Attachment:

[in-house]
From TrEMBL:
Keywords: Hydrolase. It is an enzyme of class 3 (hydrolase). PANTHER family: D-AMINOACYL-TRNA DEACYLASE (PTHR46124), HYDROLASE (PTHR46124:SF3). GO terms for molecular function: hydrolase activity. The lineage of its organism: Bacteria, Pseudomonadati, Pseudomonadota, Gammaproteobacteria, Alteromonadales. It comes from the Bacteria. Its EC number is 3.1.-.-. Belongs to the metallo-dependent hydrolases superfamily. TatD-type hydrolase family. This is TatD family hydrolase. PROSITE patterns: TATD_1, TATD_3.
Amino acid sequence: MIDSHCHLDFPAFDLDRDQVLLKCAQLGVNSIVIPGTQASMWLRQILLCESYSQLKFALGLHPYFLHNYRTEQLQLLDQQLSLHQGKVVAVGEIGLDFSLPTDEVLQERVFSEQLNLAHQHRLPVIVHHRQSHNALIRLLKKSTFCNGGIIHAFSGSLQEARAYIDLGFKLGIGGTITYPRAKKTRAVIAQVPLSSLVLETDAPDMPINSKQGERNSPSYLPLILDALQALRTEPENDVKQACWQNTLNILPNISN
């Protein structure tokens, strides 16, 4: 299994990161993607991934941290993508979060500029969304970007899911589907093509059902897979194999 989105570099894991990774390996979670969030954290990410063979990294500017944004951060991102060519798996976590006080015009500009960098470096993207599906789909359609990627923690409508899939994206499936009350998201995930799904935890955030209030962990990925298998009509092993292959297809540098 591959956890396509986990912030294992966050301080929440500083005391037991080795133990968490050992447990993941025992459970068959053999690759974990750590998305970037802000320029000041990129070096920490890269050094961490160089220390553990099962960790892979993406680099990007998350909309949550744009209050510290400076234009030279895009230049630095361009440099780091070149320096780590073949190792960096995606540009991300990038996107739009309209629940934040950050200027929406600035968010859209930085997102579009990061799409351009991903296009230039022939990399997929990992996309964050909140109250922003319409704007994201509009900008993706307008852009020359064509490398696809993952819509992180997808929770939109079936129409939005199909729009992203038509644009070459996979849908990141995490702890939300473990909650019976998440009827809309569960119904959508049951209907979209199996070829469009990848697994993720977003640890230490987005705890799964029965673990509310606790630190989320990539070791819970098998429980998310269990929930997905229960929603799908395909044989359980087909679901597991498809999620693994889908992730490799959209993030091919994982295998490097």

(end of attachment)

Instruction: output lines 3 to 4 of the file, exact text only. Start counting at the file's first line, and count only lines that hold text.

Keywords: Hydrolase. It is an enzyme of class 3 (hydrolase). PANTHER family: D-AMINOACYL-TRNA DEACYLASE (PTHR46124), HYDROLASE (PTHR46124:SF3). GO terms for molecular function: hydrolase activity. The lineage of its organism: Bacteria, Pseudomonadati, Pseudomonadota, Gammaproteobacteria, Alteromonadales. It comes from the Bacteria. Its EC number is 3.1.-.-. Belongs to the metallo-dependent hydrolases superfamily. TatD-type hydrolase family. This is TatD family hydrolase. PROSITE patterns: TATD_1, TATD_3.
Amino acid sequence: MIDSHCHLDFPAFDLDRDQVLLKCAQLGVNSIVIPGTQASMWLRQILLCESYSQLKFALGLHPYFLHNYRTEQLQLLDQQLSLHQGKVVAVGEIGLDFSLPTDEVLQERVFSEQLNLAHQHRLPVIVHHRQSHNALIRLLKKSTFCNGGIIHAFSGSLQEARAYIDLGFKLGIGGTITYPRAKKTRAVIAQVPLSSLVLETDAPDMPINSKQGERNSPSYLPLILDALQALRTEPENDVKQACWQNTLNILPNISN